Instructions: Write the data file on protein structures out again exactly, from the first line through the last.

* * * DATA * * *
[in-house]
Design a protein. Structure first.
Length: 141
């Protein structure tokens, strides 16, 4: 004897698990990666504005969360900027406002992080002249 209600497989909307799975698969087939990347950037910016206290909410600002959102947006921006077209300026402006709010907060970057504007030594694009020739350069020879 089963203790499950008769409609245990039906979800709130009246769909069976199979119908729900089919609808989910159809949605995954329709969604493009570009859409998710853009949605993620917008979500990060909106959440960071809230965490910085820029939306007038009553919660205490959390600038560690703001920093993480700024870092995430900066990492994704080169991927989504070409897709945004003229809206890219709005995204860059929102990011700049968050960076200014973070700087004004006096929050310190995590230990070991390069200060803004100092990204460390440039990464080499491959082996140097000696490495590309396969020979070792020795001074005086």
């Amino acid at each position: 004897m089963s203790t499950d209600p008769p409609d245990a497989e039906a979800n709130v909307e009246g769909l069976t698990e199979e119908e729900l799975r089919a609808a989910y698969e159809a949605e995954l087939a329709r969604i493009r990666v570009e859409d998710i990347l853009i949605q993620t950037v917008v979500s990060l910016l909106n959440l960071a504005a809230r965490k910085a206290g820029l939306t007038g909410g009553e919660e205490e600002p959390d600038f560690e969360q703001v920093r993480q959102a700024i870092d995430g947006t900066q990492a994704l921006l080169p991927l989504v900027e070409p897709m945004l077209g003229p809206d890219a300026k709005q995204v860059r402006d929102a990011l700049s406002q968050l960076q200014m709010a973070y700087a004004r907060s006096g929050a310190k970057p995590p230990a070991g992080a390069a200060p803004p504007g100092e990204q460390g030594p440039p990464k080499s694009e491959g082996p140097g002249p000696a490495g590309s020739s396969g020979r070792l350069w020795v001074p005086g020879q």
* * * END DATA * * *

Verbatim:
[in-house]
Design a protein. Structure first.
Length: 141
């Protein structure tokens, strides 16, 4: 004897698990990666504005969360900027406002992080002249 209600497989909307799975698969087939990347950037910016206290909410600002959102947006921006077209300026402006709010907060970057504007030594694009020739350069020879 089963203790499950008769409609245990039906979800709130009246769909069976199979119908729900089919609808989910159809949605995954329709969604493009570009859409998710853009949605993620917008979500990060909106959440960071809230965490910085820029939306007038009553919660205490959390600038560690703001920093993480700024870092995430900066990492994704080169991927989504070409897709945004003229809206890219709005995204860059929102990011700049968050960076200014973070700087004004006096929050310190995590230990070991390069200060803004100092990204460390440039990464080499491959082996140097000696490495590309396969020979070792020795001074005086």
């Amino acid at each position: 004897m089963s203790t499950d209600p008769p409609d245990a497989e039906a979800n709130v909307e009246g769909l069976t698990e199979e119908e729900l799975r089919a609808a989910y698969e159809a949605e995954l087939a329709r969604i493009r990666v570009e859409d998710i990347l853009i949605q993620t950037v917008v979500s990060l910016l909106n959440l960071a504005a809230r965490k910085a206290g820029l939306t007038g909410g009553e919660e205490e600002p959390d600038f560690e969360q703001v920093r993480q959102a700024i870092d995430g947006t900066q990492a994704l921006l080169p991927l989504v900027e070409p897709m945004l077209g003229p809206d890219a300026k709005q995204v860059r402006d929102a990011l700049s406002q968050l960076q200014m709010a973070y700087a004004r907060s006096g929050a310190k970057p995590p230990a070991g992080a390069a200060p803004p504007g100092e990204q460390g030594p440039p990464k080499s694009e491959g082996p140097g002249p000696a490495g590309s020739s396969g020979r070792l350069w020795v001074p005086g020879q």